Steve Yewman of Westfield stressed the importance of the agreement to provide ‘a new flagship store for M&S.’
But no mention of John Lewis, which was supposed to be the retail flagship!
Social Change – Jobs, Jobs, Jobs
- that what ‘we’re really feeling from the work that we’ve done in Newham and in West London is that the social change, and the change in people’s lives’ is that it is ’about jobs, jobs, jobs.’
- ‘Croydon has created a lot of jobs and a lot of that is to do with Jo her team and the leadership getting the schools up to a much better level and education and all that want to invest in.’
Yes organisations like EDF and Body Shop have moved in, and the Home Office and HMRC are due to move staff from elsewhere. This is no job creation, but job re-location. The number of jobs created by the Tech City movement is small in comparison with the loss of jobs in recent years. The new Whitgift will largely be offering low paid retail jobs.
Costly Croydon Vision
Yewman gives the game away about Croydon’s re-development when he says:
- ‘Boxpark has been a good example of an hors doevre for the main event but they are doing a great job. And they’ve introduced to Croydon £10 burgers and £5 beers and I’m delighted with that because they will be more expensive when we turn up.’
Just got to get on with it
Later he added
- Croydon’s ‘always been about big grandiose plans …’ Westfield/Hammerson ‘own a massive chunk in the middle of it but from a Westfield point of view and from Hammerson’s point of view we don’t make these sorts of decisions lightly. We’ve got lots of opportunities, both of us around the world, to invest.’ We’ve ‘just got to get on with it.’
Croydon as a destination
Robin Dobson of Hammerson talked about the jobs and leisure benefits of development schemes elsewhere in the country.
- ‘It’s all about creating the very best experiences, through the very best destinations in the very best towns and cities. And what I mean by that is it’s about lifting the benchmark for our town. It’s about architectural quality, about creating a much greater and wider leisure offer, and just about giving all-round experiences to everyone in particular families, which is so important in Croydon.’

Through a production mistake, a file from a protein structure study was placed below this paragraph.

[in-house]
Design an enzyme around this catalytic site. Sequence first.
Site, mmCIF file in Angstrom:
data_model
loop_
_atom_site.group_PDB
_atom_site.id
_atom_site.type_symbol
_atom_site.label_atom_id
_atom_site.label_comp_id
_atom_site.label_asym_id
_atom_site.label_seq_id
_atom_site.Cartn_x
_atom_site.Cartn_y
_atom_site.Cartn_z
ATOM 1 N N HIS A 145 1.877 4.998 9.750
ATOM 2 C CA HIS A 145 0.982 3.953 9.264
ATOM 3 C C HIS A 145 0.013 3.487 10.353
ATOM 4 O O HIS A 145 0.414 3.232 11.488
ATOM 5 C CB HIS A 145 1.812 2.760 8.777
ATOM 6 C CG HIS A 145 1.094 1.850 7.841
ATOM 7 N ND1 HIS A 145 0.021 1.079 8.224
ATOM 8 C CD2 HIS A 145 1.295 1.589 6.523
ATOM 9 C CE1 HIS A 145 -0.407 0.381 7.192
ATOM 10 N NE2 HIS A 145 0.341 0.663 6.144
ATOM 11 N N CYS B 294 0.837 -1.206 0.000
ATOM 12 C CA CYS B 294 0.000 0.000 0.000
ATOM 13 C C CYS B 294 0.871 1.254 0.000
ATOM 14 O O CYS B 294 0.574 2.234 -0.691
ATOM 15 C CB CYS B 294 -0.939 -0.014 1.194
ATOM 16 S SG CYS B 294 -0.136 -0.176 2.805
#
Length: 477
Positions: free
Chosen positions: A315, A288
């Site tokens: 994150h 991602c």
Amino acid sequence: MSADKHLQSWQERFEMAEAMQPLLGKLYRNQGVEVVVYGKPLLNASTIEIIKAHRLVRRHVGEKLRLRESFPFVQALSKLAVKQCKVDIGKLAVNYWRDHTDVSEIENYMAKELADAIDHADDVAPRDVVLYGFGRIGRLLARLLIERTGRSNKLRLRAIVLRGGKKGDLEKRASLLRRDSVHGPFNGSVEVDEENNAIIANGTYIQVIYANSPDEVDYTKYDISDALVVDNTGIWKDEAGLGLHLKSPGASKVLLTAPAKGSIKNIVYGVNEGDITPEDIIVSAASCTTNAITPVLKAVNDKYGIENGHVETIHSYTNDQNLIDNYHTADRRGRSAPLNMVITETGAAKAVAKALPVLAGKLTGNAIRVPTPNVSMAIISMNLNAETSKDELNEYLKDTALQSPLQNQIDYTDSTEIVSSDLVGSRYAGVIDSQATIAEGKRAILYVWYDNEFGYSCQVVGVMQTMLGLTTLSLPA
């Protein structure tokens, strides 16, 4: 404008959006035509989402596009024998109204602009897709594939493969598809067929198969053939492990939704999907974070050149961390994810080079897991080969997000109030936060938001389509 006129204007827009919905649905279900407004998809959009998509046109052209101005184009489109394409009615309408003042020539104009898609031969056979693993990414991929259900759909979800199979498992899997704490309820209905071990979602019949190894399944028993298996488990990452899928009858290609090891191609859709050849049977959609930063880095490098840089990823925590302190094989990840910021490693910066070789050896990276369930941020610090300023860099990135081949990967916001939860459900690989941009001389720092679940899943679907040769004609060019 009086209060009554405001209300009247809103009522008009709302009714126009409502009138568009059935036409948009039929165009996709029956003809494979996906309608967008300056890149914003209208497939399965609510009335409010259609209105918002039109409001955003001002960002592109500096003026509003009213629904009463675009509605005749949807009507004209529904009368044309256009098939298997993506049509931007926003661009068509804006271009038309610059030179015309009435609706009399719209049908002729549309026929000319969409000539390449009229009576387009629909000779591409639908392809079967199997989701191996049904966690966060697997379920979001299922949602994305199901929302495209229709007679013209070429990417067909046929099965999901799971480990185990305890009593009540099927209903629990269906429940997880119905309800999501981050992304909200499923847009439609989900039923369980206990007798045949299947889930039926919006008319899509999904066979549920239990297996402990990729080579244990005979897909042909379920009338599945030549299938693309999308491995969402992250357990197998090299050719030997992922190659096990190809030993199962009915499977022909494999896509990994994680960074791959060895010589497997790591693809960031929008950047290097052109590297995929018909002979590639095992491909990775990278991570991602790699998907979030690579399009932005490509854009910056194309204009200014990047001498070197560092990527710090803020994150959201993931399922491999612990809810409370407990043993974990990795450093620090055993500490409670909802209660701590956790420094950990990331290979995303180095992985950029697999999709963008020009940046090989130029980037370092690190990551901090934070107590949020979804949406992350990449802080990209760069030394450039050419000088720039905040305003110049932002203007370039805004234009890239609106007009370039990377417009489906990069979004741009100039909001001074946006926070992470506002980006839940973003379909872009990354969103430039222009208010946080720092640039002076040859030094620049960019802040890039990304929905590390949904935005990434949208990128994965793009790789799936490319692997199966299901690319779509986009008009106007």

What architectural quality? None of the new tower blocks provides it. The concrete brutalism of the 1960s is being replaced by glass brutalism.
Building confidence in Croydon
Robin Dobson added:
- ‘What I think we’ve done is also awakened the pride and the loyalty that does exist in and around Croydon. People want to come into cities, that is a changing demographic a change back to cities rather than towns, and actually I think what’s happening here is evidence of that confidence that we’re bringing back to Croydon.’
I am not sure this will change the minds of the large number of people who say they want to get out of Croydon because it has become a horrible place to live.
On Fairfield Halls Kevin added that with ‘the biggest borough by population in London’ Croydon ‘needs a big cultural centre, a big new art gallery for spectacular visual arts – something that competes with the big boys up in town – to continue more people coming to Croydon to see our outstanding visual arts offering and cultural offering and to watch that develop from the ground up and from the top down together is exactly what we all hope for.’
The full report of what the panel members said can be seen at
One of the photographers the Develop Croydon website gives credits to for photos of the panel session is Tom Lickley. Tom is a regular contributor supporting the developments in Croydon in Croydon Citizen and defender of Croydon’s involvement in MIPIM.